The aYeara That Changed How We View the North This book is about a new theoretical approach that transformed the field of Arctic social studies and about a program called International Polar Year 2007a2008 (IPY) that altered the position of social research within the broader polar science. The concept for IPY was developed in 2003a2005; its vision was for researchers from many nations to work together to gain cro- disciplinary insight into planetary processes, to explore and increase our understanding of the polar regions, the Arctic and Antarctica, and of their roles in the global system. IPY 2007a2008, the fourth program of its kind, followed in the footsteps of its predecessors, the first IPY in 1882a1883, the second IPY in 1932a1933, and the third IPY (later renamed to aInternational Geophysical Yeara or IGY) in 1957a1958. All earlier IPY/IGY have been primarily geophysical initiatives, with their focus on meteorology, atmospheric and geomagnetic observations, and with additional emphasis on glaciology and sea ice circulation. As such, they excluded socio-economic disciplines and polar indigenous people, often deliberately, except for limited ethnographic and natural history collection work conducted by some expeditions of the first IPY. That once dominant vision biased heavily towards geophysics, oceanography, and ice-sheets, left little if any place for people, that is, the social sciences and the humanities, in what has been commonly viewed as the ahard-corea polar research.Icing-over events in 1990s and in 2005a2006, happened in Malozemelskaia tundra, and are described by Nelmin ... Island in winter the conditions of the sea ice are closely connected to the schedule of annual reindeer herd migration. ... The hot summer of 2004, for example, is recorded as it brought disturbances for herders. ... The herders may emphasise the rapidity of shrubs growth noticing that a#39;it became taller after my return from 2 years military servicea#39; (personal communication).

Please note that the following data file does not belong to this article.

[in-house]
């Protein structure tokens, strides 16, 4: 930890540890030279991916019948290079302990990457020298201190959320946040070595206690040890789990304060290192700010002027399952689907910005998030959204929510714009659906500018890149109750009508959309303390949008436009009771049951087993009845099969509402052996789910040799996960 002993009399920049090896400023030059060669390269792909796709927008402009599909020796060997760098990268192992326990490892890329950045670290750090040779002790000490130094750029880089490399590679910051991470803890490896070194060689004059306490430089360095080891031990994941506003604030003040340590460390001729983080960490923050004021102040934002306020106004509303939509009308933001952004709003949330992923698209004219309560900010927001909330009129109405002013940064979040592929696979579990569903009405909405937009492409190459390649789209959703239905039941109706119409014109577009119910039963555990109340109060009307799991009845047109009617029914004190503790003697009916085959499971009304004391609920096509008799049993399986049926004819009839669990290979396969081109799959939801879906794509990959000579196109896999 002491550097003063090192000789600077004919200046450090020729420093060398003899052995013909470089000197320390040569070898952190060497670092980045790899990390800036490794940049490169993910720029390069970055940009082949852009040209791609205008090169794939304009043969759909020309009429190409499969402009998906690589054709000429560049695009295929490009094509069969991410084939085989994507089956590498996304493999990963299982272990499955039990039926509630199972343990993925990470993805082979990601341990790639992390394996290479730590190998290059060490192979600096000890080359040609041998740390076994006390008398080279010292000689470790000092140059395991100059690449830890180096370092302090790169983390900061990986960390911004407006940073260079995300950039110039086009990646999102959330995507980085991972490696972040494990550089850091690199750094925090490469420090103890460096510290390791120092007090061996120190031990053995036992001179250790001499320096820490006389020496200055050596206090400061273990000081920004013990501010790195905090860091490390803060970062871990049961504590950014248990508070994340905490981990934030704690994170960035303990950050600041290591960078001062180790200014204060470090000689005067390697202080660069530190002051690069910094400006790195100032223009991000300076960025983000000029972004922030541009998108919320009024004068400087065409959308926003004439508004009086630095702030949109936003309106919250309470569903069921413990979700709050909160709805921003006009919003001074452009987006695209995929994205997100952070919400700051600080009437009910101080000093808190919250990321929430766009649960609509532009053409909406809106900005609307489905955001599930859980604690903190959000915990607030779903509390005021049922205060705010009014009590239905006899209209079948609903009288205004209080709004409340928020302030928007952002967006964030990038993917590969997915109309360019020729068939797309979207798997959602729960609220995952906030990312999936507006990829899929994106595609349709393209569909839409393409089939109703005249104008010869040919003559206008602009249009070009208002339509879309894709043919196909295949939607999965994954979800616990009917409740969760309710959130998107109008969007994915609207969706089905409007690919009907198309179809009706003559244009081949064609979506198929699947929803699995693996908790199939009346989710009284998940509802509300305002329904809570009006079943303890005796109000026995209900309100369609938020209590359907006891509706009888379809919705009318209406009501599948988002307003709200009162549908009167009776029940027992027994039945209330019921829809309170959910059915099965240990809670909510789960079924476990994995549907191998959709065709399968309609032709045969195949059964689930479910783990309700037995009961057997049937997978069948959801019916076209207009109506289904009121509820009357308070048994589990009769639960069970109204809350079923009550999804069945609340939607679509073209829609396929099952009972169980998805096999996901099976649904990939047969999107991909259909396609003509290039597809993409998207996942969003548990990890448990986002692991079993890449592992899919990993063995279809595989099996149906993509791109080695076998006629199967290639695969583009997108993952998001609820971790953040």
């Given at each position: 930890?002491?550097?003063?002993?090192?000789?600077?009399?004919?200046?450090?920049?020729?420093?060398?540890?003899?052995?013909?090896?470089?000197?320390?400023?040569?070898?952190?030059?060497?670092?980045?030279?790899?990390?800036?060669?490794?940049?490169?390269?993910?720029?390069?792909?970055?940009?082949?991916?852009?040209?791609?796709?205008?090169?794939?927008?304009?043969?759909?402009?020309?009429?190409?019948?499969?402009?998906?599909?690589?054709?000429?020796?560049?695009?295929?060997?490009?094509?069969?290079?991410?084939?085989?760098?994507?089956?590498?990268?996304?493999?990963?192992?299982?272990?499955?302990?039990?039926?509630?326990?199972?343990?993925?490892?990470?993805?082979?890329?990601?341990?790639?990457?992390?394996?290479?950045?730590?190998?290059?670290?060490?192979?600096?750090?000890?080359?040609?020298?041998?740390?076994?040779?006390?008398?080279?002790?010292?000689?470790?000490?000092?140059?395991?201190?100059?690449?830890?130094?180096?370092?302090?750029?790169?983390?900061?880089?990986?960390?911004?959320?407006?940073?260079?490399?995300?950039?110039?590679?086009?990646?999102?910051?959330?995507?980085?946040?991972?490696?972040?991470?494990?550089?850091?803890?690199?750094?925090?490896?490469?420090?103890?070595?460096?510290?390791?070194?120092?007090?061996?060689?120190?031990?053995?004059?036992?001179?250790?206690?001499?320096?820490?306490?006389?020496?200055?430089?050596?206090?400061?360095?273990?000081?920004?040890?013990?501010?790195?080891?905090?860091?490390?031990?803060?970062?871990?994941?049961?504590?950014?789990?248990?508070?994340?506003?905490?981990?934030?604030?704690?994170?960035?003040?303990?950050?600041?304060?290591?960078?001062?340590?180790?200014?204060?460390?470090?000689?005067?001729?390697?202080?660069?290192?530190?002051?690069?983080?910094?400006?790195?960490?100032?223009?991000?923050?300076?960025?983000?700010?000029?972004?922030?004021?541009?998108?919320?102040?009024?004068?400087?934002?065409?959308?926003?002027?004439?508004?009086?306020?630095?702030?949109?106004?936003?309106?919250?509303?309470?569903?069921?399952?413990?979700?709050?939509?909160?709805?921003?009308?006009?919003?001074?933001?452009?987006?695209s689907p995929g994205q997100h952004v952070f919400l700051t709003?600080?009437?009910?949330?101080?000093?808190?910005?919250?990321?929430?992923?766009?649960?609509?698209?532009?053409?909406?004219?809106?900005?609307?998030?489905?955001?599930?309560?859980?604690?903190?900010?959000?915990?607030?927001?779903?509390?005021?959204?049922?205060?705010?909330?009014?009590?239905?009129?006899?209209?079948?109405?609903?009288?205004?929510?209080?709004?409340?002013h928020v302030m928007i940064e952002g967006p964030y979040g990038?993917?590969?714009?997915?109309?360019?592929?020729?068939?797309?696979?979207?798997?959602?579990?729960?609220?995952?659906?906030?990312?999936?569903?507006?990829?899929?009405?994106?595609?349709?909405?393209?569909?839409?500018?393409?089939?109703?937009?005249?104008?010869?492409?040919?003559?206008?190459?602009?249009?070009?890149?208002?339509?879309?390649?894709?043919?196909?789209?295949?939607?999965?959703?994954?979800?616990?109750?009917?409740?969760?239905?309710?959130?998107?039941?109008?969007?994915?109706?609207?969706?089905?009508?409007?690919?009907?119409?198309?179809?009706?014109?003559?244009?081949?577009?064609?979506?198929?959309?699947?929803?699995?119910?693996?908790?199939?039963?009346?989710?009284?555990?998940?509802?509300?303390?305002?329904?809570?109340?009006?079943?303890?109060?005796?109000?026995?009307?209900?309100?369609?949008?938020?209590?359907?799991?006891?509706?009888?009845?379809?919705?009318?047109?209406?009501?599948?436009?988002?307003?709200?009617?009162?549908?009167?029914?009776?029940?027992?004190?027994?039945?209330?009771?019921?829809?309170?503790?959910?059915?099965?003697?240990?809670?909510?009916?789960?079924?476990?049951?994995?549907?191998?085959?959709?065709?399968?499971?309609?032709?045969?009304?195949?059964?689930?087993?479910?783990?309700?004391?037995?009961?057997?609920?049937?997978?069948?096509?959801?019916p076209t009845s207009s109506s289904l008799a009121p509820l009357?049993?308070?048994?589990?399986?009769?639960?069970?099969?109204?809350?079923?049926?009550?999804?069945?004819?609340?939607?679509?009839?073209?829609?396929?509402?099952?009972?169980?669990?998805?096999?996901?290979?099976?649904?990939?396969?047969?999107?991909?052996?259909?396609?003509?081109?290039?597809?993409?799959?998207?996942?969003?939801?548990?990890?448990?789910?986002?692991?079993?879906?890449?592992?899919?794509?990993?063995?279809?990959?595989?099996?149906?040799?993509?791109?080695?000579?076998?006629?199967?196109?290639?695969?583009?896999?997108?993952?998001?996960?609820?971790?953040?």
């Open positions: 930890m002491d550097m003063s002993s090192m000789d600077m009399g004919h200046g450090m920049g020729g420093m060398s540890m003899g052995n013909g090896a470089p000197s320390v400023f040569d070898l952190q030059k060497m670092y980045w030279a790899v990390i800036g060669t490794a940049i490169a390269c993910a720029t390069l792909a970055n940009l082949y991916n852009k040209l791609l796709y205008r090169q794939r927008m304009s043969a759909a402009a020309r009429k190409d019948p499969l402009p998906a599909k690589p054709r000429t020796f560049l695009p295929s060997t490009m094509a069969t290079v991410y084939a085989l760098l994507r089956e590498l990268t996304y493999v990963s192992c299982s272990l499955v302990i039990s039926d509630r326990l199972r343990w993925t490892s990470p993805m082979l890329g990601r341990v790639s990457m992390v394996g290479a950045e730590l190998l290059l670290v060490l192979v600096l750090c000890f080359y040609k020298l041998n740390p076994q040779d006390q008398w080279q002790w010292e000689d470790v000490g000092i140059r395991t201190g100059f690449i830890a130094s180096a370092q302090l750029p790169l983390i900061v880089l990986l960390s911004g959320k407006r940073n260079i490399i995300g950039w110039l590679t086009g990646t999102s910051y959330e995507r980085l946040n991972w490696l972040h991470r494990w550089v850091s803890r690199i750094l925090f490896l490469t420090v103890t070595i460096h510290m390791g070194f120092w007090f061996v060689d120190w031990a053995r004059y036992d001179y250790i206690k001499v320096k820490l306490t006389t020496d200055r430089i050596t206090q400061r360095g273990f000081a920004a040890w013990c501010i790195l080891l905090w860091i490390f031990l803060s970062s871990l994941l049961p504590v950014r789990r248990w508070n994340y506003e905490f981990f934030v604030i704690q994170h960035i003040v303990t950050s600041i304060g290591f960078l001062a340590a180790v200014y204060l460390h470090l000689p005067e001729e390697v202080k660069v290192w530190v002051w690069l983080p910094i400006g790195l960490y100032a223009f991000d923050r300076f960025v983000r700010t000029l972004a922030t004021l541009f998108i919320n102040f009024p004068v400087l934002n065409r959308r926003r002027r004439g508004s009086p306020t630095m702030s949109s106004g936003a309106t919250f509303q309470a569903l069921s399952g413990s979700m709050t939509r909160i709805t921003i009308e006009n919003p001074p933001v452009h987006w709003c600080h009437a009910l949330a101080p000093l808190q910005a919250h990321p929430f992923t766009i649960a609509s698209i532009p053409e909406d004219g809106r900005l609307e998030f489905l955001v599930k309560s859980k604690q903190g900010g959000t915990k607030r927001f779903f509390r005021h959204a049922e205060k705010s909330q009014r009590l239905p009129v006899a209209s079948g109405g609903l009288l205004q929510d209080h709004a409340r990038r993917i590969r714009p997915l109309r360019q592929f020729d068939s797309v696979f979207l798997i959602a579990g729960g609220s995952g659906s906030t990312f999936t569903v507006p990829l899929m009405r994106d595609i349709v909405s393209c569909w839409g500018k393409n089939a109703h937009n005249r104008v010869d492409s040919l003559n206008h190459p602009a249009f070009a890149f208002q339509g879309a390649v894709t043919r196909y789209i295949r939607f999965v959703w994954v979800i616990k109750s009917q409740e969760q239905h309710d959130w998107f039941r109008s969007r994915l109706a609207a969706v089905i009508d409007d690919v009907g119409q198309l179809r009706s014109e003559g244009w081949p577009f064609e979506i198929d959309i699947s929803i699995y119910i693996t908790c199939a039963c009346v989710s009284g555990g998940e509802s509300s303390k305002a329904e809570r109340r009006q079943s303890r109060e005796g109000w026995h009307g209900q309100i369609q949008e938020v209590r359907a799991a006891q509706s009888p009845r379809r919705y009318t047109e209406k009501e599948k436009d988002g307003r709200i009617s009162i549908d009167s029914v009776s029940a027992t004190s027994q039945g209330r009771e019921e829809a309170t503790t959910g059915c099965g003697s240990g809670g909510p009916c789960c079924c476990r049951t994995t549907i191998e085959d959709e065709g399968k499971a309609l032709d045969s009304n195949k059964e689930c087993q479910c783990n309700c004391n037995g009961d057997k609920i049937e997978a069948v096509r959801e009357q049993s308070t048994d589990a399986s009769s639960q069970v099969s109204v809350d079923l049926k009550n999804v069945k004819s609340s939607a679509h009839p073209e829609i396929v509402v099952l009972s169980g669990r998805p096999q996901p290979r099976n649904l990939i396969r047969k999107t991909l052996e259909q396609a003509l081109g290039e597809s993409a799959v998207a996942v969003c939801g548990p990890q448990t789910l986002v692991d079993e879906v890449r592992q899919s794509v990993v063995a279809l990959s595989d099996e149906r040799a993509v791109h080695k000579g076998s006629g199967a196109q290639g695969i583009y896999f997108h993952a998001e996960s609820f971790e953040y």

|Title||:||Community Adaptation and Vulnerability in Arctic Regions|
|Author||:||Grete K. Hovelsrud, Barry Smit|
|Publisher||:||Springer Science & Business Media - 2010-09-08|